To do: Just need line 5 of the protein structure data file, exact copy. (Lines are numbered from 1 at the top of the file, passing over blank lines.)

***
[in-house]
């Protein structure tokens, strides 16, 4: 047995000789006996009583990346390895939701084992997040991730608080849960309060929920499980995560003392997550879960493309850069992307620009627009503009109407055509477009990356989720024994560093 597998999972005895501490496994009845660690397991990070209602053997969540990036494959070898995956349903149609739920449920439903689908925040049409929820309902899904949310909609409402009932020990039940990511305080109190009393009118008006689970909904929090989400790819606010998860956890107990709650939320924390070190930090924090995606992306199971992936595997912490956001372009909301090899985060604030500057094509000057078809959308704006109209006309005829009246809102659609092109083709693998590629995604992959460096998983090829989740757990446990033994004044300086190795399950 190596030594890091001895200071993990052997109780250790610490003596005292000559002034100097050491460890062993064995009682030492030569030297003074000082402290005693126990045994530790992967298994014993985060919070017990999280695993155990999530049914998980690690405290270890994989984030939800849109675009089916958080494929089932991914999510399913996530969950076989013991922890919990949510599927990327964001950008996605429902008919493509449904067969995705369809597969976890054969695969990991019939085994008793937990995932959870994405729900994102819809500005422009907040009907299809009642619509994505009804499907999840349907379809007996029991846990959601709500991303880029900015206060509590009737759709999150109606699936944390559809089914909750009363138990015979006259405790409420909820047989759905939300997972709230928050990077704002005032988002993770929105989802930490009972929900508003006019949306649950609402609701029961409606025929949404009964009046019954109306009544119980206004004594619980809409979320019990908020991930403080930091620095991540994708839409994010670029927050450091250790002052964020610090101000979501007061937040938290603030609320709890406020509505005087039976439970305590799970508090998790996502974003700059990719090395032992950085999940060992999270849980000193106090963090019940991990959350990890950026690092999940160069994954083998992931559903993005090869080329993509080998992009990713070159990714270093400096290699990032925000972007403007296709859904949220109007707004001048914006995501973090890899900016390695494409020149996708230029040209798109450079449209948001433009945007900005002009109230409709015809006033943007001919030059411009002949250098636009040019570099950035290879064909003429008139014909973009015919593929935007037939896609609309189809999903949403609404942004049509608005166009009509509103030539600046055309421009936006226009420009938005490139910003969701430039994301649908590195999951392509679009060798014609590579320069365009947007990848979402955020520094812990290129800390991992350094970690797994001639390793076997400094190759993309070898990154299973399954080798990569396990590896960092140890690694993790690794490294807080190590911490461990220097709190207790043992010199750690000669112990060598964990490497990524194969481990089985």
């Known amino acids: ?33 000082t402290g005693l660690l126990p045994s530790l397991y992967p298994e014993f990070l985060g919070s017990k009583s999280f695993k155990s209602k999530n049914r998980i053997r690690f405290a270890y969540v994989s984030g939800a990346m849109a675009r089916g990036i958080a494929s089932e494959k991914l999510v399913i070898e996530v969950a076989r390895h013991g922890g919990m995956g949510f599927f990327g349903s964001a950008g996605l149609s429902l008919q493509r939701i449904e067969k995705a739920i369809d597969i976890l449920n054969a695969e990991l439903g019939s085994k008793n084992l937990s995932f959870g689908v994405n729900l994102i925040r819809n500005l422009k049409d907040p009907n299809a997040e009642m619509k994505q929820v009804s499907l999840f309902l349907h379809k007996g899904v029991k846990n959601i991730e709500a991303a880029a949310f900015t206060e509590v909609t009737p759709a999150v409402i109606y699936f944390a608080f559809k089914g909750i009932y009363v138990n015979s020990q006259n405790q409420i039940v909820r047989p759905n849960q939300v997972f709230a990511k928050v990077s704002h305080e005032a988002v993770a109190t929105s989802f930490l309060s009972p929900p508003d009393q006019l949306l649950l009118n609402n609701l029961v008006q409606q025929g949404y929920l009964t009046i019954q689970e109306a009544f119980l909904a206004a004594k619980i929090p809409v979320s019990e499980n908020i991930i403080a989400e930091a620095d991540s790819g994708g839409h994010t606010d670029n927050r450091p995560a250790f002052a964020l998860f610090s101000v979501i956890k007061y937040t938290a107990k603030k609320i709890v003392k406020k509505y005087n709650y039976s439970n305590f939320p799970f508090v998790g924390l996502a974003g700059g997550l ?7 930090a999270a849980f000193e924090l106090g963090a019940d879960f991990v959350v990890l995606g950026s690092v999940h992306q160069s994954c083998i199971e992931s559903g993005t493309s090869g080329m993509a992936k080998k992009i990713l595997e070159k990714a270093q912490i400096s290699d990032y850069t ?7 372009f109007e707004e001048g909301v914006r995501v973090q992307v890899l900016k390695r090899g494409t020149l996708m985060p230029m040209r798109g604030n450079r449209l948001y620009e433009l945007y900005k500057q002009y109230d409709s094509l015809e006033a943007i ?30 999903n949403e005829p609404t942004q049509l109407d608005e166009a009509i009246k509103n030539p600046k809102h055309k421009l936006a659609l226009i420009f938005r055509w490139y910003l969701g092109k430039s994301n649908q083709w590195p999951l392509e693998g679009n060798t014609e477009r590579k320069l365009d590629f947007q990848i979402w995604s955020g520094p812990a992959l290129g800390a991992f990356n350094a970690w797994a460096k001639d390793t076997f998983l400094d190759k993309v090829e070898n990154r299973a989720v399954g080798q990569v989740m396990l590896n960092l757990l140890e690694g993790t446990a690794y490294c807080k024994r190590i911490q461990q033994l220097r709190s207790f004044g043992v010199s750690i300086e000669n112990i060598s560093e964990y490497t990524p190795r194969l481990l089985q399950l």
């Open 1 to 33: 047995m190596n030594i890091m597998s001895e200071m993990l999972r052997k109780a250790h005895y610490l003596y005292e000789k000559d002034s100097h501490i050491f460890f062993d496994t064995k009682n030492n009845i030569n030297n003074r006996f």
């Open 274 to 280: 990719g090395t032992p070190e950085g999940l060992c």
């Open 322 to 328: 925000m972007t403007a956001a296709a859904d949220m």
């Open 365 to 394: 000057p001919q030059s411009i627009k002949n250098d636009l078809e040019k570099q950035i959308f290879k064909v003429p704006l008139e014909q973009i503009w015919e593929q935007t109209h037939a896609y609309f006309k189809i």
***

């Open 274 to 280: 990719g090395t032992p070190e950085g999940l060992c």